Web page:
A campaigner who devoted his time to erasing stigma for those living with HIV has died at the age of 25.
Jacob Alexander an immerging designer, a former student at the University of the Arts London and HIV campaigner has died at the age of 25. It is believed he ended his own life, according to PinkNews. He was just 25.
Alexander had devoted the last few years campaigning against HIV stigma and had created The Positive Project, which hoped to enlighting people about living with HIV. For his campaign, he created a t-shirt range and an app with the proceeds going to HIV research.
Alexander has not been heard from since October 5 when he wrote a message on Instagram which read, “Date In private, love in private, be happy in private, live in private, that way, you can take your losses, in private, maintain in private rebuild yourself in private.
In the caption, the campaigner wrote, “pay attention to the last line and understand where I’ve been hiding back soon”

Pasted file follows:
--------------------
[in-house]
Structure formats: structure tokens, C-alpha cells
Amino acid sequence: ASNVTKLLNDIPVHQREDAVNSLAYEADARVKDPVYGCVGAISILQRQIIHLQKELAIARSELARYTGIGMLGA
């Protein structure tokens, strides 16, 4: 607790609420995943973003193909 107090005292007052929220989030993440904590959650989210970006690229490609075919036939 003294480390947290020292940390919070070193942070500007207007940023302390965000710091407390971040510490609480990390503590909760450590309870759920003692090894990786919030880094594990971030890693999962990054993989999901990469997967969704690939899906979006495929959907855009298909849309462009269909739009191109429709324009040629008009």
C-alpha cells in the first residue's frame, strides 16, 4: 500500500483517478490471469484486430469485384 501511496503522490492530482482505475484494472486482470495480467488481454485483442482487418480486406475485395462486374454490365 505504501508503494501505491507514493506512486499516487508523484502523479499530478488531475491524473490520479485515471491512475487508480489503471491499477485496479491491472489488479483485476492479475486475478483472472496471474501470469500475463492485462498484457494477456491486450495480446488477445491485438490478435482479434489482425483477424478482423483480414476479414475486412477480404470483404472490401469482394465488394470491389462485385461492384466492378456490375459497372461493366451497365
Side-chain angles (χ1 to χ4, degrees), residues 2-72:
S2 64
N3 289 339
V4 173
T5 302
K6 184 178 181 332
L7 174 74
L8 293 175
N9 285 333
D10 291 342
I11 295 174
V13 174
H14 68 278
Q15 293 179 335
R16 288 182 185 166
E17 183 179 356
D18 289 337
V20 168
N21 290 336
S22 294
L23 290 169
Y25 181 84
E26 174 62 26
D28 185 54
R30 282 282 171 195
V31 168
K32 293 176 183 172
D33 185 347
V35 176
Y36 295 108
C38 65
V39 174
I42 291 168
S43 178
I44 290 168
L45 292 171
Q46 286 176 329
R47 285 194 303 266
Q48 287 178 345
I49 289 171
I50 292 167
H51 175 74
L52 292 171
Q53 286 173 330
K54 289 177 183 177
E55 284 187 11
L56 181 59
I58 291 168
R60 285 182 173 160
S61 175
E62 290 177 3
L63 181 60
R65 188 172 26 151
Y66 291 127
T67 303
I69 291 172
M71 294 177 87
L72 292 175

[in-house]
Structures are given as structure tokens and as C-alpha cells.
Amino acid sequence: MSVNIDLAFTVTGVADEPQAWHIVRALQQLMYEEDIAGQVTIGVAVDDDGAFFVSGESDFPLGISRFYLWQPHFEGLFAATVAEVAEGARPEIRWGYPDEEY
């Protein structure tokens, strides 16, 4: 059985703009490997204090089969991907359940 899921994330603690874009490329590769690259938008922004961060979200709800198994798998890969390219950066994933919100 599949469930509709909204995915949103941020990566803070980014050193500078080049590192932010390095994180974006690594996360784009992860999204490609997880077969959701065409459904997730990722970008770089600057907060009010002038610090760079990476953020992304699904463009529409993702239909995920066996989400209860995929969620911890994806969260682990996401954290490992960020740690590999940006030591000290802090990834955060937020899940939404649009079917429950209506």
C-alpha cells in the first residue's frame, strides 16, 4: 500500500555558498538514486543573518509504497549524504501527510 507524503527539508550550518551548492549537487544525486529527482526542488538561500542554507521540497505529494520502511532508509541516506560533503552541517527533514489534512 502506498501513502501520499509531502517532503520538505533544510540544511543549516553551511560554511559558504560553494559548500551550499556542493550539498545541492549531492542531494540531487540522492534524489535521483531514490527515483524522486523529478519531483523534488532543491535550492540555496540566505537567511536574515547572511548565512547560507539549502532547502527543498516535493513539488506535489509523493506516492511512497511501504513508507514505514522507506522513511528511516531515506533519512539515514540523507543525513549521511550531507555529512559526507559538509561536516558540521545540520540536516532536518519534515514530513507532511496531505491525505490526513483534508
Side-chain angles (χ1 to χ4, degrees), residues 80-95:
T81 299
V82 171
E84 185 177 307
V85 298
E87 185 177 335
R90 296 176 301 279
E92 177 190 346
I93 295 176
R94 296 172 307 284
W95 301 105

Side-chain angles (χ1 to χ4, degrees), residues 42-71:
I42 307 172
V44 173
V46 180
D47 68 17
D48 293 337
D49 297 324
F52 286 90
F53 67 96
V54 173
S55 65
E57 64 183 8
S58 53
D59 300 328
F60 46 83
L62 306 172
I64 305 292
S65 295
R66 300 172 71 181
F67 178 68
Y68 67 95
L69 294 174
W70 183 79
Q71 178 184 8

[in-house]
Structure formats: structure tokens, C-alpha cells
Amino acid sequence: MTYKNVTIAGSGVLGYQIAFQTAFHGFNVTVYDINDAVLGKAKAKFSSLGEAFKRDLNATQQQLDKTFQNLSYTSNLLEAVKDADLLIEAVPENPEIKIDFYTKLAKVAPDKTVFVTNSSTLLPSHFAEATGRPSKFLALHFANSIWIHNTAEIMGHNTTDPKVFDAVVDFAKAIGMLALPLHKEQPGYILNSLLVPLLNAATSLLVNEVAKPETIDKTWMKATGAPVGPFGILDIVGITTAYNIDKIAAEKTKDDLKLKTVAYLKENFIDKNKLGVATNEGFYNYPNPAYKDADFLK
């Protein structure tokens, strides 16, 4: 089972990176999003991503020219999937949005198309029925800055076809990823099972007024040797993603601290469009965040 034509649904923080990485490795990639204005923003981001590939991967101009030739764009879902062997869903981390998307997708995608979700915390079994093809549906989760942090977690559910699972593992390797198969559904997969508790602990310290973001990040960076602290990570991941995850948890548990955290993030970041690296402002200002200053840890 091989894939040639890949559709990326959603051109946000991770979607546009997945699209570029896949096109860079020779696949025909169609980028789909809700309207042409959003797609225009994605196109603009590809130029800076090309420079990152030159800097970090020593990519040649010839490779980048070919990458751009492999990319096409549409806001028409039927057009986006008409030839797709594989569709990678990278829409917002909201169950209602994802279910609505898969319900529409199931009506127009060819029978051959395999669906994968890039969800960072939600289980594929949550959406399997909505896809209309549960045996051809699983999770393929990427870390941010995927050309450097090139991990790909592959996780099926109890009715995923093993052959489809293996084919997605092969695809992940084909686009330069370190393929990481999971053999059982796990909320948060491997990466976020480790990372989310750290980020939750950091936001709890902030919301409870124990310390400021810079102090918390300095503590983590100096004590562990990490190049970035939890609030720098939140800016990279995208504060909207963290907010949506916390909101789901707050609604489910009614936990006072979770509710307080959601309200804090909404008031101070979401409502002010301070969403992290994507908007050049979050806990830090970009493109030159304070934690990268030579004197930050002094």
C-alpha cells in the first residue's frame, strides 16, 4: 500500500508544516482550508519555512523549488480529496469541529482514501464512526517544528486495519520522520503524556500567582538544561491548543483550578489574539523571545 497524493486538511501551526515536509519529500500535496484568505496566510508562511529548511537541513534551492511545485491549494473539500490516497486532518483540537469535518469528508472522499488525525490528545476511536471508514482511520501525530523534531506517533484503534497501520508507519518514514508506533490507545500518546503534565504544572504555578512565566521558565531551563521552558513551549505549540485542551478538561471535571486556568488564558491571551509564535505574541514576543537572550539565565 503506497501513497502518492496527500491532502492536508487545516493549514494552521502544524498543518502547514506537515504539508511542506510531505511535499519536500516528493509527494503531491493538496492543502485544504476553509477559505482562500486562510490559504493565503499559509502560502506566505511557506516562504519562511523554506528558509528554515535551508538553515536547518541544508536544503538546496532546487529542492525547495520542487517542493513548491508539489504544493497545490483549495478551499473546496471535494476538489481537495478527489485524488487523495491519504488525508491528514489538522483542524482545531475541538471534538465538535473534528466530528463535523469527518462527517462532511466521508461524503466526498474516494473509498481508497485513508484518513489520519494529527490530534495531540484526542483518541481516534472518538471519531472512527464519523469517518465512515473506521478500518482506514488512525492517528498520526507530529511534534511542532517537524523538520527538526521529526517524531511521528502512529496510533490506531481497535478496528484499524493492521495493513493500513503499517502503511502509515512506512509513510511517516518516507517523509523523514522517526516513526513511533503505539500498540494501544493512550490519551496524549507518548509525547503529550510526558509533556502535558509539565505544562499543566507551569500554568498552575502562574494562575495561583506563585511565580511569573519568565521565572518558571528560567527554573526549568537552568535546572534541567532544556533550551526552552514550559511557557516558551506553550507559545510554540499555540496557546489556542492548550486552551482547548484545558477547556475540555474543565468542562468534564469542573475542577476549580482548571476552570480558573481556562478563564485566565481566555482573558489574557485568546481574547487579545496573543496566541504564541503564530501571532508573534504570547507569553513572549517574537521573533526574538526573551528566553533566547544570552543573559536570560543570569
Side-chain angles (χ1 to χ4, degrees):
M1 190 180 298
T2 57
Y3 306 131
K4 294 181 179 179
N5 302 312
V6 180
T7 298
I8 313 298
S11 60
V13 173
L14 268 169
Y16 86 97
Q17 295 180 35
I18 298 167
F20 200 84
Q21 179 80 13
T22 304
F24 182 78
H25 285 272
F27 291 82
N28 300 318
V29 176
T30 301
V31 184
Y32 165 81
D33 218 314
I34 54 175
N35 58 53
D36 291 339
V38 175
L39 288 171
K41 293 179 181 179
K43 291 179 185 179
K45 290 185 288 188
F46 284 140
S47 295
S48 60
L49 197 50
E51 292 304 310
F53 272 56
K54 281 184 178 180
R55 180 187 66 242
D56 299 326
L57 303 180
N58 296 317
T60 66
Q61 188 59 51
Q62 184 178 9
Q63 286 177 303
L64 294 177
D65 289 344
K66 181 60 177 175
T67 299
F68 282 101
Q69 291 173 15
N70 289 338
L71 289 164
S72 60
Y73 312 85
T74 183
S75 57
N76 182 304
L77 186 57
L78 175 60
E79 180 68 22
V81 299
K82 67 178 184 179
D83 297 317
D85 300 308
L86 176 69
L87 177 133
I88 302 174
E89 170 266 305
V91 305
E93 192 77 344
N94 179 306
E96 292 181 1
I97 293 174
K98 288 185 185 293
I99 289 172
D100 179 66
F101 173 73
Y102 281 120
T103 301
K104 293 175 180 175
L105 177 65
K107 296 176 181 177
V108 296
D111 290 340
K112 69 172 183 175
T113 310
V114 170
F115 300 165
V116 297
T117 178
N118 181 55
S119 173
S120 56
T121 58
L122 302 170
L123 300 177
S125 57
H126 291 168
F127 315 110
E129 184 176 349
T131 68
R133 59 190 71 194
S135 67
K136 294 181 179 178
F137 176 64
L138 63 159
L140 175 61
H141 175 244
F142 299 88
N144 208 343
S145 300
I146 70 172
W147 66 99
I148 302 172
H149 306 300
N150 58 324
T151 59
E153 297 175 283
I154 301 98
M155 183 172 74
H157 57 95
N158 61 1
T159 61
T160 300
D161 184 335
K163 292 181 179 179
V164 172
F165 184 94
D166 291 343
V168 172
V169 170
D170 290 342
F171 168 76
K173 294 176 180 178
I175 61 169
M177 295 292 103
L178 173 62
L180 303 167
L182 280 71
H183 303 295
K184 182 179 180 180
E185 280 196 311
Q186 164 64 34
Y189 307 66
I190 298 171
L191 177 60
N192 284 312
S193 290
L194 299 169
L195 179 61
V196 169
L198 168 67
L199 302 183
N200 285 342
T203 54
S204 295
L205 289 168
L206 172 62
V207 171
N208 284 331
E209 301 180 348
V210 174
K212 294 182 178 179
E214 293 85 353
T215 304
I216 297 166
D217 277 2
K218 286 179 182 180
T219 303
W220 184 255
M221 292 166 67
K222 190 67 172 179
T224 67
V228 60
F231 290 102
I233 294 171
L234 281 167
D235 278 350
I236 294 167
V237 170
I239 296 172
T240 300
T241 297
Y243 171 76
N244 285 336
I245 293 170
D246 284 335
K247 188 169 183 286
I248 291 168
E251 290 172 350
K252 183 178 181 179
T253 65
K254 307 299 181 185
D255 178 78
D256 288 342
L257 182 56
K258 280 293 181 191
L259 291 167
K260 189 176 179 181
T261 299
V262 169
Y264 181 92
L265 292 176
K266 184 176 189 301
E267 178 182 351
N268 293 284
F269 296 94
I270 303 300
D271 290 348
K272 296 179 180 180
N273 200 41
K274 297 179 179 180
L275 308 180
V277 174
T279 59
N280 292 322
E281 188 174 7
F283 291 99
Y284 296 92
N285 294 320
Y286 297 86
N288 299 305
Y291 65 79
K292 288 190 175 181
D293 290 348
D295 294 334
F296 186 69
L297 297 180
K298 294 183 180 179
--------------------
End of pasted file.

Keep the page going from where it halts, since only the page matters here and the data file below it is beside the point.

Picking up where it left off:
It is understood that Alexander’s family will continue the work of The Positive Project.
According to his website, Jacob was diagnosed with HIV in 2015 and following on from his diagnosis, the designer struggled to come to terms with his status. He launched The Positive Project in 2016.
His website states, “He wanted to combat this stigma and try to shed a positive light on the HIV virus and those living with it by raising awareness through inviting the general public (and a few familiar faces too!) to take part in The Positive Project. As mentioned in Jacob’s TEDx talk in March 2016, he feels as though HIV based charities have been pushed aside in current news by larger run charities such as Cancer Research UK for example. Help Jacob get HIV in the headlines again, and together help him make a difference”.
Tributes have been pouring out for Alexander with Greg Owen, co-founder of I Want PrEP Now, tweeted: “I am shocked and saddened to hear of the passing of @jacobalxndr. He was such a sweetheart. Rest in peace.”
Many people have also taken to his Instagram page to write their condolences on his last message.
If you’d to help continue the good work of The Positive Project please consider buying a t-shirt.
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